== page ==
There are few words that turn me on as much as this one.
Growing up in a religious home and going to a religious school, I was required to wear skirts all the time. The skirts had to be of "modest length," meaning that the hem had to fall below the knee; if the skirt had a slit in it, the slit could not travel above the knee cap.
Not only was I required to wear a skirt, the fashion in my school back then was to wear specific GAP long denim skirts, ones which were extremely narrow. They fell almost to the ankles, and had no slits. We girls did not walk; we shuffled. Opening our legs more than a foot wide was almost impossible.
This curtailed our mobility, obviously. But I think that was part of the point. If you look throughout history, one popular way of controlling women is to take away our ability to move.
In fact, we were taught specific ways on how to move—modestly, of course. We were not supposed to draw attention to ourselves, or do anything that might cause the boys to look upon us for too long; that was immodest. We were not supposed to roll up our skirts, not even in the summer months; that was immodest. We were not supposed to sit with our legs spread apart; that was immodest.
I will never forget the day the principal of the school gave the girls a lesson on how to bend down to pick something up off the floor. The trick, he said, was to bend at the knees, not at the waist. That way you're not presenting an attraction toward any male walking by.
Any woman who's ever tried to stand up from a kneeling position this way wearing a tight skirt knows there's a certain art form to it. It takes practice, and a certain amount of grace. Doing it right will make a woman look downright elegant; doing it wrong will see her planted on her face.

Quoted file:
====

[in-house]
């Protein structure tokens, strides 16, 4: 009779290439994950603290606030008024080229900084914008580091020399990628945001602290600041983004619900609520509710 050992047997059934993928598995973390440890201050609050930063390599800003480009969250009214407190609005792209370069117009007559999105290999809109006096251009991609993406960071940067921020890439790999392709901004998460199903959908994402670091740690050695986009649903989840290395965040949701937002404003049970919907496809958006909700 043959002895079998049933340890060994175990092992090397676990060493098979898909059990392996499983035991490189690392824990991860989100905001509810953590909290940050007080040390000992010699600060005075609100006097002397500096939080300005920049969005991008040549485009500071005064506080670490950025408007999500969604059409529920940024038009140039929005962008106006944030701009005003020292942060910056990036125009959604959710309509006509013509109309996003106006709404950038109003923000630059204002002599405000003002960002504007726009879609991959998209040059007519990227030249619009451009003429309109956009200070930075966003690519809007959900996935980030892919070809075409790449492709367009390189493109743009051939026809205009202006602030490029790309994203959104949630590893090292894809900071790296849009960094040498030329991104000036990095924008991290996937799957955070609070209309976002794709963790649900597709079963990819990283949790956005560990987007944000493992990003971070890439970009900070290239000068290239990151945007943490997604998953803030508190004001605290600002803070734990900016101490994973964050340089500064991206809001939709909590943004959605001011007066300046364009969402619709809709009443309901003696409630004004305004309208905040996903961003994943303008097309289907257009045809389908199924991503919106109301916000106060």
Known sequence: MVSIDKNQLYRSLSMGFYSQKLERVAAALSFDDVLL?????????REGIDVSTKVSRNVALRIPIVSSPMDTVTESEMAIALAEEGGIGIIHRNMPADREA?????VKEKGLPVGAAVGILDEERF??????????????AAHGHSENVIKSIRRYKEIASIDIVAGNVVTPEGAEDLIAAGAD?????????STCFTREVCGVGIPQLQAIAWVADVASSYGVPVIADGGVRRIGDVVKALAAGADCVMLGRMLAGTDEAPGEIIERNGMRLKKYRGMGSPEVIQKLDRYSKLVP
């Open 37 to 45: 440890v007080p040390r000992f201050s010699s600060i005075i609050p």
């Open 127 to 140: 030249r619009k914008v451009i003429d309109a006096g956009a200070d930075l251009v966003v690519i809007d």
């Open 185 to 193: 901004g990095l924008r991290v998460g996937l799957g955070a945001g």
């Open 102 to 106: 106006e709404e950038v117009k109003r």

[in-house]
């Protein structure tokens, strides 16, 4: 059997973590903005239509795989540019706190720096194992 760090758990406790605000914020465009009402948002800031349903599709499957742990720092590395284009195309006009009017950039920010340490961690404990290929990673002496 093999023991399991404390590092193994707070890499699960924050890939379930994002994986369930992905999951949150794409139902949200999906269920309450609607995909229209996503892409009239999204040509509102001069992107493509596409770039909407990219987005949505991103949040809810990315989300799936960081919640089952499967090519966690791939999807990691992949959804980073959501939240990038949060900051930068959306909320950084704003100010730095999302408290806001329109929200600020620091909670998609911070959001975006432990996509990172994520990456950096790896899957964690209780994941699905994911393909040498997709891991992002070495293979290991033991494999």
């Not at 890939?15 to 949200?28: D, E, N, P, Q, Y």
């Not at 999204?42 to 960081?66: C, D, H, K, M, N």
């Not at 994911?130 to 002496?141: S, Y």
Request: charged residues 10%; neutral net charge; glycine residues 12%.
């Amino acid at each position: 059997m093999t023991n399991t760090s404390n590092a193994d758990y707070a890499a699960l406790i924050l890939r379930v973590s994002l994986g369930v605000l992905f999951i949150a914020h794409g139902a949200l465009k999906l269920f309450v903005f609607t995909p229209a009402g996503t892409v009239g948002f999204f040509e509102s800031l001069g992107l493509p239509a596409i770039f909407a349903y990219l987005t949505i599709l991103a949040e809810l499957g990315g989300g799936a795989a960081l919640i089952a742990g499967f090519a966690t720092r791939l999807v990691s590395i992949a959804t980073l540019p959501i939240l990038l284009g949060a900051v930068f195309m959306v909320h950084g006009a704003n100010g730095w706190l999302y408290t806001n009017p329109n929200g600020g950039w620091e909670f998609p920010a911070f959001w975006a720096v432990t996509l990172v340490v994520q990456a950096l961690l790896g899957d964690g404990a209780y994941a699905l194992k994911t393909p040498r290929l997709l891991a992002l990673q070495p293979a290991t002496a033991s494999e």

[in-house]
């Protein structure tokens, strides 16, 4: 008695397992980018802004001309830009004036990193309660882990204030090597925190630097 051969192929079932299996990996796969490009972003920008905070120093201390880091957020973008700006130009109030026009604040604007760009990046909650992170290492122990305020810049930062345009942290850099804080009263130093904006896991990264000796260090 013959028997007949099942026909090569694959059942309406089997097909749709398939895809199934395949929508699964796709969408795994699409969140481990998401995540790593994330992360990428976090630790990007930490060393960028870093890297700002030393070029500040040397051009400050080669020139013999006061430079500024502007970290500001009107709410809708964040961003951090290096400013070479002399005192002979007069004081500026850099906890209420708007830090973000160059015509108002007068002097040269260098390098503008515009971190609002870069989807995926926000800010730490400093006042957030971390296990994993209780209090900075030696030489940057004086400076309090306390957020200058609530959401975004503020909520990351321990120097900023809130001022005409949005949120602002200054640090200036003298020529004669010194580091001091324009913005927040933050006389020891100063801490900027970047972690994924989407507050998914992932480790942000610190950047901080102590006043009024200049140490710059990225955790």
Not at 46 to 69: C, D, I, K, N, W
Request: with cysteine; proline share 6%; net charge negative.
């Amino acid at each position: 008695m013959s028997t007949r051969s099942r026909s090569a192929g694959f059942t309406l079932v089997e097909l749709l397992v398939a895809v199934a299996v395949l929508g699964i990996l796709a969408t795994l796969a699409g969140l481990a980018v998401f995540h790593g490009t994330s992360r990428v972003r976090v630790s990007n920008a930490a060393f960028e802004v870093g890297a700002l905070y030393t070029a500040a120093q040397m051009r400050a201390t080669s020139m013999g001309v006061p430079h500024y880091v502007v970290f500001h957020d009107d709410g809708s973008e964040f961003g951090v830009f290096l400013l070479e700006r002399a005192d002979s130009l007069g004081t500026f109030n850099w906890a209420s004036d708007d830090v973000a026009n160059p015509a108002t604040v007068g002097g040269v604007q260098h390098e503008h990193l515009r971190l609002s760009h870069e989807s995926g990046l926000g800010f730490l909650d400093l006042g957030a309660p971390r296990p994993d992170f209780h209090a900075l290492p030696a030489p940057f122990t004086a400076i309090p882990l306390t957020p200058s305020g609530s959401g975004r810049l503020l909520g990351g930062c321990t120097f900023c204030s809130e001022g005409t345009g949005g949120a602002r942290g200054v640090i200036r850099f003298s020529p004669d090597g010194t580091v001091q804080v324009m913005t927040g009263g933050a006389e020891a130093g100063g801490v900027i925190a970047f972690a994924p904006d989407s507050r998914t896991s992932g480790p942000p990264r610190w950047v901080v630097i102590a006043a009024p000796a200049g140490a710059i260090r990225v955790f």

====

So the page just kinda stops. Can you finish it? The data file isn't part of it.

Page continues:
As the framework of my life changed and I began to wear pants more often, it took a surprisingly long time for the wicked thrill to wear off. I was doing something naughty, wearing pants; I could open my legs.
Part of the pleasure was being able to just fucking walk.
But I still saw opening my legs too wide as something inappropriate and indecent. Girls just did not do that. They did not act that way. Not the good girls, at least.
I did not last as a good girl for very long.
Husband figured out very quickly what the word "open" does to me. He had to break down more than a few inhibitions first, of course. I was still very shy getting naked in front of a man.
I could take a dick down my throat, but parade around with no shirt on in front of a guy? Pfft. No way.
Once he got me naked before him, prone, vulnerable, and he would tell me to open my legs...then the sweet struggle would begin.
I used to refuse to open for him. My refusals were dealt with harshly back then. I was not punished so much as shown, time and again, that my refusals were futile. He would do what he wanted to do to me, and get me what he wanted me to do.
Full stop, the end.
But at the same time, he made me feel gorgeous when I overcame that struggle—even when he had to "help" me do it. He told me over and over again how beautiful I was, how attractive, how sexy, how womanly.
He made me feel comfortable with being proud of those parts of my body.
But the struggle has never really gone away. Neither has the delicious suffering—those moments of panic as I slowly ease my legs open for his stare, knowing I am revealing my most hidden parts, acting the perverse and wanton slut.
It is not just my body he finds attractive. It is the struggle he sees etched across my face, the inner fight waging behind my eyes.
It is a fight I am going to lose, and he is going to win.
With his triumph comes control.